Seventy-nine years ago this week, the 1.5 mile Lincoln Tunnel under the Hudson River was opened to traffic. Creative engineers constructed a safe path for travel under previously unpassable waters. For the first time, cars could drive from New Jersey and end up in New York City.
This bit of trivia caused me to reflect on other events we are experiencing here at the year’s end that mark a beginning and an ending and sometimes cause us to tunnel through to the other side.
Most folks will agree that the national election of 2016 was one of the most divisive in recent memory. And many will also agree they are very thankful that the election is over. As our country moves forward under new leadership many policies will end and new ones will be put in place. There will still be rough and tumble politics, but the uncertainty of who will lead the country for the next four years has been put to rest.
Did you notice that today we had one more minute of daylight than we did yesterday? The Winter Solstice was the divide between fall and winter and the shortest day of the year. Everyday has 24 hours, but from June to December in the northern hemisphere the daylight hours grow shorter and the nighttime hours longer. These days can be tough for those who experience Seasonal Affective Disorder. For all of us, longer hours of daylight will be a welcome relief signaling the arrival of spring.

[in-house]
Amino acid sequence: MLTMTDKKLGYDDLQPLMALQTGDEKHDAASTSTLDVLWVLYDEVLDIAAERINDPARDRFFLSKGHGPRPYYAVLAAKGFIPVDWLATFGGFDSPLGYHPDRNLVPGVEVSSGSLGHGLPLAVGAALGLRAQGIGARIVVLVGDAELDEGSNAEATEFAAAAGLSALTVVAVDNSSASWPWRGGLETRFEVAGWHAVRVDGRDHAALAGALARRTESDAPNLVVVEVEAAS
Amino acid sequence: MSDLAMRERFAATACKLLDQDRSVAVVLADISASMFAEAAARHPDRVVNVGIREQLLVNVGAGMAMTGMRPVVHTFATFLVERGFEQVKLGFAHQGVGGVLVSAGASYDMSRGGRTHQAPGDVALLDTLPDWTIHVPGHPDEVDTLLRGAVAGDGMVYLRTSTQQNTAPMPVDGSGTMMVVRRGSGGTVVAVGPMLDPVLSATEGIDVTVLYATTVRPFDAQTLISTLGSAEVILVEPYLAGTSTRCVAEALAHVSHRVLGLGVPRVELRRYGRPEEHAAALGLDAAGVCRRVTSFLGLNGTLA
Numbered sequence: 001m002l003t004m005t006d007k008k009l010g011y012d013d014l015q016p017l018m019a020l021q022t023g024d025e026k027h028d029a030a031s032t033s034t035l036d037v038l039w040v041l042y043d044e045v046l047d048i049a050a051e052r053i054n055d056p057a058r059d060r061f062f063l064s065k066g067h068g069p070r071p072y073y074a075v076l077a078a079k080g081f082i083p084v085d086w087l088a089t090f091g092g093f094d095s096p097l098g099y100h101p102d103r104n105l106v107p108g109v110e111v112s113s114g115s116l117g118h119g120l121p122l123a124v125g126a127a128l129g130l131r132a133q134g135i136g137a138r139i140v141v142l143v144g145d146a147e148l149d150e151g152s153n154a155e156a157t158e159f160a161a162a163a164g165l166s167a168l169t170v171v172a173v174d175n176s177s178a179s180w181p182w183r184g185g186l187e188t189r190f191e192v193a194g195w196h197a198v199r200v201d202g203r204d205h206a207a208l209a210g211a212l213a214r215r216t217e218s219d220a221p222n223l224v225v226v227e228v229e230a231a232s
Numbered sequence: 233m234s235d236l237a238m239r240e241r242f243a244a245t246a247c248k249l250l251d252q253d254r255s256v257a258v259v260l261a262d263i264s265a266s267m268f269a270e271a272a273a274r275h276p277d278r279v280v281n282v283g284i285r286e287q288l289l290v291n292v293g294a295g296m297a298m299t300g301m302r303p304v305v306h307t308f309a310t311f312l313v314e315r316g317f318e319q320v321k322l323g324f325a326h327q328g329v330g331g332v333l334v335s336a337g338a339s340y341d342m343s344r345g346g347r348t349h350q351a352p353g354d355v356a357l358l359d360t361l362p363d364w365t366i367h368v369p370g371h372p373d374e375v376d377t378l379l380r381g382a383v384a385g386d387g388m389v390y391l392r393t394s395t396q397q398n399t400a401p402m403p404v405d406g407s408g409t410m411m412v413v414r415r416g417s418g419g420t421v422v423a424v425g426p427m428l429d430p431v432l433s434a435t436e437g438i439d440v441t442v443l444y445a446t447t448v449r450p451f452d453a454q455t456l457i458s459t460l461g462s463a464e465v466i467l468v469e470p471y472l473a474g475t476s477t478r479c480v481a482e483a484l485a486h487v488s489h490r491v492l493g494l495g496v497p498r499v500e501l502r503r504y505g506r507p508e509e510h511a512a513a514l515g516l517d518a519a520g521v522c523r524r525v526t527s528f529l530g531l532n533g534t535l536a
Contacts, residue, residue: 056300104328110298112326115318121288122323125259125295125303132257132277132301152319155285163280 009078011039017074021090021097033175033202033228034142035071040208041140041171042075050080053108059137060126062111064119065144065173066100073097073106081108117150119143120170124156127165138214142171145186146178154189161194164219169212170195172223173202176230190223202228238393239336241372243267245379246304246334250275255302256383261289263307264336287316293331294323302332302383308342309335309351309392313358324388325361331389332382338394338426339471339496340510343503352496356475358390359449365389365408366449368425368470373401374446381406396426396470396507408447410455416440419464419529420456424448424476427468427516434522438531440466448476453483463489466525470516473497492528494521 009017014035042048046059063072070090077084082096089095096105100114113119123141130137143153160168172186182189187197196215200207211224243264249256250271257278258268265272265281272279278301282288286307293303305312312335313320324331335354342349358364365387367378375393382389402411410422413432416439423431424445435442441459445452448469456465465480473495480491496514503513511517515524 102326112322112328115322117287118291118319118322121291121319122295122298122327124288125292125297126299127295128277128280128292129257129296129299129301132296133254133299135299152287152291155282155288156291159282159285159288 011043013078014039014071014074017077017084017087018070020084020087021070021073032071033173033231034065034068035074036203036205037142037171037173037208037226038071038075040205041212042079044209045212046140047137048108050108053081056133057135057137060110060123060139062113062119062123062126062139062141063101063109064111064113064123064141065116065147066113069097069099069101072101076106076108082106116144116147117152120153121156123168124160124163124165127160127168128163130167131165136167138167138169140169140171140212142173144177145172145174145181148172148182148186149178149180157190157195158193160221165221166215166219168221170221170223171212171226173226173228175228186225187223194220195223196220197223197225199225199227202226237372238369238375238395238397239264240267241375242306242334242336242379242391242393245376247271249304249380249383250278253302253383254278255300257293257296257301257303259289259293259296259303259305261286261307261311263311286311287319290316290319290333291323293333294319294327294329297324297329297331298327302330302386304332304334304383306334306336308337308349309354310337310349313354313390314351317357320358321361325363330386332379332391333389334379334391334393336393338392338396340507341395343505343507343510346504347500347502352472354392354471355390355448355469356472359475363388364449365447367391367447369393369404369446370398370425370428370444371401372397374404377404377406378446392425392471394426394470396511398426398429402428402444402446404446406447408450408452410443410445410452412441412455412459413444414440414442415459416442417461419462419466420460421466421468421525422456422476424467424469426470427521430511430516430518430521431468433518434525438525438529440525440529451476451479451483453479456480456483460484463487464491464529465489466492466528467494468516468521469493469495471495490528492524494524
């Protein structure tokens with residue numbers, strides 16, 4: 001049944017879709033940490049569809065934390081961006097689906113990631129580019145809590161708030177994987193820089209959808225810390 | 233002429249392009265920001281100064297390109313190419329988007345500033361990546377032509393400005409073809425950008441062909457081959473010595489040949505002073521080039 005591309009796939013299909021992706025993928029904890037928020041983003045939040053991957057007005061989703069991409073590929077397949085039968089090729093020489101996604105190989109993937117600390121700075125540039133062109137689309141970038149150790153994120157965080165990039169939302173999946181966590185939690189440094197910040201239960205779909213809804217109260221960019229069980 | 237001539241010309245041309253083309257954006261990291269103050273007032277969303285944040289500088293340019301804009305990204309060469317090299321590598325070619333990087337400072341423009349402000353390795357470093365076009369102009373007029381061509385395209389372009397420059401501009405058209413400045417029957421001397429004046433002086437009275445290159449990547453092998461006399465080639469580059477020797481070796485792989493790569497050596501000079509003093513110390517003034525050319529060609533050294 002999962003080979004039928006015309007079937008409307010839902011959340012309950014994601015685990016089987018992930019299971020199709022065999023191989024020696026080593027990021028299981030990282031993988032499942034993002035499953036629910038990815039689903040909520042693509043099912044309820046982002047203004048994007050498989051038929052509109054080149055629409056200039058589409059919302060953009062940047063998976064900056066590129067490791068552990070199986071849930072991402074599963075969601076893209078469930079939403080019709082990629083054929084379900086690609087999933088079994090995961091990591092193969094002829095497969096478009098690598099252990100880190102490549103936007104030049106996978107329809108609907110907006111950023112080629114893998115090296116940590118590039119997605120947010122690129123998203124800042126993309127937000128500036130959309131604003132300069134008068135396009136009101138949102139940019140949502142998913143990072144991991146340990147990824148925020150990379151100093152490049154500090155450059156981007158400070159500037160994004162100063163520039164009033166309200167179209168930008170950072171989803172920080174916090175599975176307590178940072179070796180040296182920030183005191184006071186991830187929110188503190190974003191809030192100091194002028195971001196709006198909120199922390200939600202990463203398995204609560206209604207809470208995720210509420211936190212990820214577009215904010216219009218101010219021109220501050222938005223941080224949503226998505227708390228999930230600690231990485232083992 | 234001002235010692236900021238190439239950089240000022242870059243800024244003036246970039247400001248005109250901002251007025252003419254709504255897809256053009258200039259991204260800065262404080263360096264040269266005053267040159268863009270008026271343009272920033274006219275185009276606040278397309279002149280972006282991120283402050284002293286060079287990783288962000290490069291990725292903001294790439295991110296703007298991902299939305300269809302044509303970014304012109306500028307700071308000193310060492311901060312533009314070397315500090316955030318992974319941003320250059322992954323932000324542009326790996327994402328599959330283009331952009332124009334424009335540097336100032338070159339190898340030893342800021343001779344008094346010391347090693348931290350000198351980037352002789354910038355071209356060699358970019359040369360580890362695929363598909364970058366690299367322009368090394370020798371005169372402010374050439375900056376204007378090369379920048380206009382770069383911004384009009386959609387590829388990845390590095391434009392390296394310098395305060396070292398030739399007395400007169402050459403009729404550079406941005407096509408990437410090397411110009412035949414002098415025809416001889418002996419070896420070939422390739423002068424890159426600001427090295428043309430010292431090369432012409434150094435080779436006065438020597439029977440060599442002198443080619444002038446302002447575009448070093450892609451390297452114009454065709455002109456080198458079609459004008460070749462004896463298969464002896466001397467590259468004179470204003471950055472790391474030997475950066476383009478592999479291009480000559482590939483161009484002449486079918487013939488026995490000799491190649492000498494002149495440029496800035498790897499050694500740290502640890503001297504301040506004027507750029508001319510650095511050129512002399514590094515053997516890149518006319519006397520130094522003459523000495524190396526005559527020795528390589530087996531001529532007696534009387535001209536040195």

Christmas marks the greatest divide in human history. God broke into history by sending Jesus into the world. No longer was God a distant creator but a flesh and blood Savior who bore the sins and hope of all mankind. The great divide between man and God was broken down. Light and love replaced death and darkness for all who put their faith in Him. May you find time this Christmas season to open your hearts to the light of God through his son, Jesus Christ.
“The people living in darkness have seen a great light;
on those living in the land of the shadow of death, a light has dawned.” Matthew 4:16
On New Year’s Eve we will cross the divide from 2016 to 2017. Out with the old and in with the new. For some it is a lonely time as they remember the loss of family members and friends during the past year. I’m always glad for a fresh start and a new beginning. I resolve to make the next year better than the last—only to find my expectations don’t quite measure up to reality. My prayer is not just for a Happy New Year, but for a healthy, hopeful, and holy 365 days for each one of you.